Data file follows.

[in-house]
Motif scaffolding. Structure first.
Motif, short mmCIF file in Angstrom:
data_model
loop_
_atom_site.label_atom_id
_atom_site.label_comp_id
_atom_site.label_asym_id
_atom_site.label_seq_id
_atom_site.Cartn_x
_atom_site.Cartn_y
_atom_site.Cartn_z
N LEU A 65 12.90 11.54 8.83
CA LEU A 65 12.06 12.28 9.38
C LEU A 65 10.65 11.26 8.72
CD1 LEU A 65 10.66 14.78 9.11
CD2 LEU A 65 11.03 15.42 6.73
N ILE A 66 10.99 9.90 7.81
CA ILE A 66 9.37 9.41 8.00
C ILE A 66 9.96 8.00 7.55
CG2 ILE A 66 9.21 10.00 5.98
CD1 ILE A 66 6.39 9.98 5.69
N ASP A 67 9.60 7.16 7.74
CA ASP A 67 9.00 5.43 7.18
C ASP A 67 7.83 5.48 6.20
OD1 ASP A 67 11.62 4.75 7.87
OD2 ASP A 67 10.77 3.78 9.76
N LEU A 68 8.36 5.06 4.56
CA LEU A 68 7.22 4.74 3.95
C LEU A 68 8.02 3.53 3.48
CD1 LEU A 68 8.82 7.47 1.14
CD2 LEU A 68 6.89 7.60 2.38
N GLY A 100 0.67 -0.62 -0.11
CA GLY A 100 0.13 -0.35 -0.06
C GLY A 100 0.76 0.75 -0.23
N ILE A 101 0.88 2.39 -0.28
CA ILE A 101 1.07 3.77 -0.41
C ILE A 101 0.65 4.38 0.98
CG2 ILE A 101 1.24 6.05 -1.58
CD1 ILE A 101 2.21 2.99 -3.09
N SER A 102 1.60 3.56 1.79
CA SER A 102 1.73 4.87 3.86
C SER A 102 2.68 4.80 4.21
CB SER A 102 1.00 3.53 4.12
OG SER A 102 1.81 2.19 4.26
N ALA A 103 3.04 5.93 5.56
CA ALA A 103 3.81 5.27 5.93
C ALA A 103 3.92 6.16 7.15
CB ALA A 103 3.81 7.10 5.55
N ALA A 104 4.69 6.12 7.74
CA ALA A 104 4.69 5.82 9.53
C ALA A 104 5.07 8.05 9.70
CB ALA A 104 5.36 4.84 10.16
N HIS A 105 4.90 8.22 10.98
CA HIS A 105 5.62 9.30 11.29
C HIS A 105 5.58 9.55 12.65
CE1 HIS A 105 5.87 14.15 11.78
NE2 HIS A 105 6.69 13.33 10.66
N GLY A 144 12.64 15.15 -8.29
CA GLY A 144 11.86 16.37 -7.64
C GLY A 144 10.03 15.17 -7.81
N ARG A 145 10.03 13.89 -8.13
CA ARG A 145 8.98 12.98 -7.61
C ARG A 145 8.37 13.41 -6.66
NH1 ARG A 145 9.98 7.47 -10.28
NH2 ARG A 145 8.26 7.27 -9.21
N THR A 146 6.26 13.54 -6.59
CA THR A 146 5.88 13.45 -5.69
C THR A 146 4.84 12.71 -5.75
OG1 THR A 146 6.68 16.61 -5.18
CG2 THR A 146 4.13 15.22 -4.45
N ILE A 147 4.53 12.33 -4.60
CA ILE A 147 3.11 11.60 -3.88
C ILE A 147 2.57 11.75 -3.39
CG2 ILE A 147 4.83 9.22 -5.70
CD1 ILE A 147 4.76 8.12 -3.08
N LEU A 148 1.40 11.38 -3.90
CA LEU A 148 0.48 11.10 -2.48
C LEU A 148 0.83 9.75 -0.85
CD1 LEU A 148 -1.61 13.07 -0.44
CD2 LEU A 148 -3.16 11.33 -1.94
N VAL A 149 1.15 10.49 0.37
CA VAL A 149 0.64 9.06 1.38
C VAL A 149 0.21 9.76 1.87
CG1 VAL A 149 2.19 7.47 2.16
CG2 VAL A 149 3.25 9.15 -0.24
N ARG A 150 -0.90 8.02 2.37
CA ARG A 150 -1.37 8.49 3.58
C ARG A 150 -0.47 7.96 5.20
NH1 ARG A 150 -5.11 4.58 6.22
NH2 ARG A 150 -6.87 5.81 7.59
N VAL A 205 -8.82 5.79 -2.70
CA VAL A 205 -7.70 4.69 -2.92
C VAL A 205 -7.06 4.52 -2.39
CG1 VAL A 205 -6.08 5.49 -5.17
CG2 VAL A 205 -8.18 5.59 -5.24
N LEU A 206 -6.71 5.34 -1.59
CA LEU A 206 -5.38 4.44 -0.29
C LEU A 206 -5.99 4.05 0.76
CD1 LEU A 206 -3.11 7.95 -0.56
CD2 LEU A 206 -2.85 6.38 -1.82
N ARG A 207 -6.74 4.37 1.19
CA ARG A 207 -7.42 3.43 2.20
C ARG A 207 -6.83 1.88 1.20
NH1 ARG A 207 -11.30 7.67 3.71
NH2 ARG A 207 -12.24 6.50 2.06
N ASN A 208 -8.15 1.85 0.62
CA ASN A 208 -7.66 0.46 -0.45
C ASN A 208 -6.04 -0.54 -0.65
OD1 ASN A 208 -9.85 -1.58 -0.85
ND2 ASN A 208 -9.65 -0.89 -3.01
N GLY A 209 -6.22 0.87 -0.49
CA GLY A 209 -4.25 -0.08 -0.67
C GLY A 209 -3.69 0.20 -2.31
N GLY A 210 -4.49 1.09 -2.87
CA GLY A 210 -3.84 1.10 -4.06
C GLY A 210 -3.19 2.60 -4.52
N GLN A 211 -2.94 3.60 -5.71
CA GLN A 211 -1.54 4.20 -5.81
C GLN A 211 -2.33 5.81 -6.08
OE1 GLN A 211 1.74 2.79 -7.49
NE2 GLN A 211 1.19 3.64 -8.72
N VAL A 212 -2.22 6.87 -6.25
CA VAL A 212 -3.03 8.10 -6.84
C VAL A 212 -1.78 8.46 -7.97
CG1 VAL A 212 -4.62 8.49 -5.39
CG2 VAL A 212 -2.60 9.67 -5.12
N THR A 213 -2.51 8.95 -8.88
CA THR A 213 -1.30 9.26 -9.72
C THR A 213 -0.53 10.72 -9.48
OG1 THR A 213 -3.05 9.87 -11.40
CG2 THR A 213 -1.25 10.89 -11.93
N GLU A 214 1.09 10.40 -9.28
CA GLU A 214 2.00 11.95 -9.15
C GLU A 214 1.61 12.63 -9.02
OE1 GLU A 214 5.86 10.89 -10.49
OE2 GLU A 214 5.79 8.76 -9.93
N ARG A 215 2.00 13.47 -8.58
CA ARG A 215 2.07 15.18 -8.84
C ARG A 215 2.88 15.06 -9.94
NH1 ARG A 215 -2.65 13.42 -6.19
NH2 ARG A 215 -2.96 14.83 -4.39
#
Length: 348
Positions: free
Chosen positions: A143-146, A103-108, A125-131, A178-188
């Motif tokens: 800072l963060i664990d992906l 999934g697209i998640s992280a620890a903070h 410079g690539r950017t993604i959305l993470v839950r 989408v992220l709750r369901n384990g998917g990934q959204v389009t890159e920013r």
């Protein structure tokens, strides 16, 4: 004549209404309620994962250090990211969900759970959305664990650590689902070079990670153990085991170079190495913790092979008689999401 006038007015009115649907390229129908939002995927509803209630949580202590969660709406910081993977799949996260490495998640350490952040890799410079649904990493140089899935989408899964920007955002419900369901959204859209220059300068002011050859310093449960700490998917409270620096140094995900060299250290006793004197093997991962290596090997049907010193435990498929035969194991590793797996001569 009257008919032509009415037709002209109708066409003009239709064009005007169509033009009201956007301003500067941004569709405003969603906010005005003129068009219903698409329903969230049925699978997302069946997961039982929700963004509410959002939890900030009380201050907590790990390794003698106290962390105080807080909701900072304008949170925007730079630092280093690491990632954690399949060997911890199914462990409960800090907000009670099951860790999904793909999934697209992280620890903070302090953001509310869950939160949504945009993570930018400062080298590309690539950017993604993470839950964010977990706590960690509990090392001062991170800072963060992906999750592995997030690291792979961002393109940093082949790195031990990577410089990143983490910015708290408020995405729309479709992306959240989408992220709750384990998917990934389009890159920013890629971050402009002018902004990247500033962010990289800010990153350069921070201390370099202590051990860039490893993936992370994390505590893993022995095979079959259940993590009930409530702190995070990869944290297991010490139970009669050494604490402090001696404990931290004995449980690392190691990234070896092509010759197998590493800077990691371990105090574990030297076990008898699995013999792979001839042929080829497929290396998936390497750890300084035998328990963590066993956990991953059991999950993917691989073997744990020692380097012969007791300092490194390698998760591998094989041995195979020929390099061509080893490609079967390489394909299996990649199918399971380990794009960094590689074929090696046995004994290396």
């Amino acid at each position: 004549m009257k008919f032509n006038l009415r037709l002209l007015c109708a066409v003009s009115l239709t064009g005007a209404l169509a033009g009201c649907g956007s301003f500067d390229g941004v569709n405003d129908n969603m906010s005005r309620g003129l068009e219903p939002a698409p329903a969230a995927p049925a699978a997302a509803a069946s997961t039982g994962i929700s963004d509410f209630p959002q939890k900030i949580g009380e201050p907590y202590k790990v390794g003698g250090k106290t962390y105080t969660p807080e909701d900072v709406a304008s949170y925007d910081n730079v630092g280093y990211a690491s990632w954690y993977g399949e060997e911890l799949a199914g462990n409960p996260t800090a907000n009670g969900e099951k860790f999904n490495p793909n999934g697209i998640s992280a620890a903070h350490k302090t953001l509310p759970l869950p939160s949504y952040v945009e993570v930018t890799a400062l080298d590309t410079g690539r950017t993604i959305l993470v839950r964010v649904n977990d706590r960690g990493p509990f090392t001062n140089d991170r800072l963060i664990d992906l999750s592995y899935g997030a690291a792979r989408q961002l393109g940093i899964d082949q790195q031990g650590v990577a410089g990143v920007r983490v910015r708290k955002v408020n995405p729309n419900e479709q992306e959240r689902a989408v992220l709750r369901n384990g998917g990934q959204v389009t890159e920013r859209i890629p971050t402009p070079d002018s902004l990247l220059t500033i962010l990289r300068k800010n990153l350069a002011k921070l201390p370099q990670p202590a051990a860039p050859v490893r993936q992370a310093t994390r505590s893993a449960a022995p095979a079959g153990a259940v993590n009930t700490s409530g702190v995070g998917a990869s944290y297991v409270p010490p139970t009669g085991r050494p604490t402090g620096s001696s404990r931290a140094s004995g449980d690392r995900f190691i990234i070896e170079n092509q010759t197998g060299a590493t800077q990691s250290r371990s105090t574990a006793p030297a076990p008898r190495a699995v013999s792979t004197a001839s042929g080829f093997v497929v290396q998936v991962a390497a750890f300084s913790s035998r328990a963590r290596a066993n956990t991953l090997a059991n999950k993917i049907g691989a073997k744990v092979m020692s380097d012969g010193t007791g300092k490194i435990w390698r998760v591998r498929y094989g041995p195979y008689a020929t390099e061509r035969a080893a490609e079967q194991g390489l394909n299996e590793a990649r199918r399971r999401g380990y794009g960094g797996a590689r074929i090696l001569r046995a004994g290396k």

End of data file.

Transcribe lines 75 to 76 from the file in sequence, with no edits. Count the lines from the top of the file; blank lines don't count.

CG2 ILE A 147 4.83 9.22 -5.70
CD1 ILE A 147 4.76 8.12 -3.08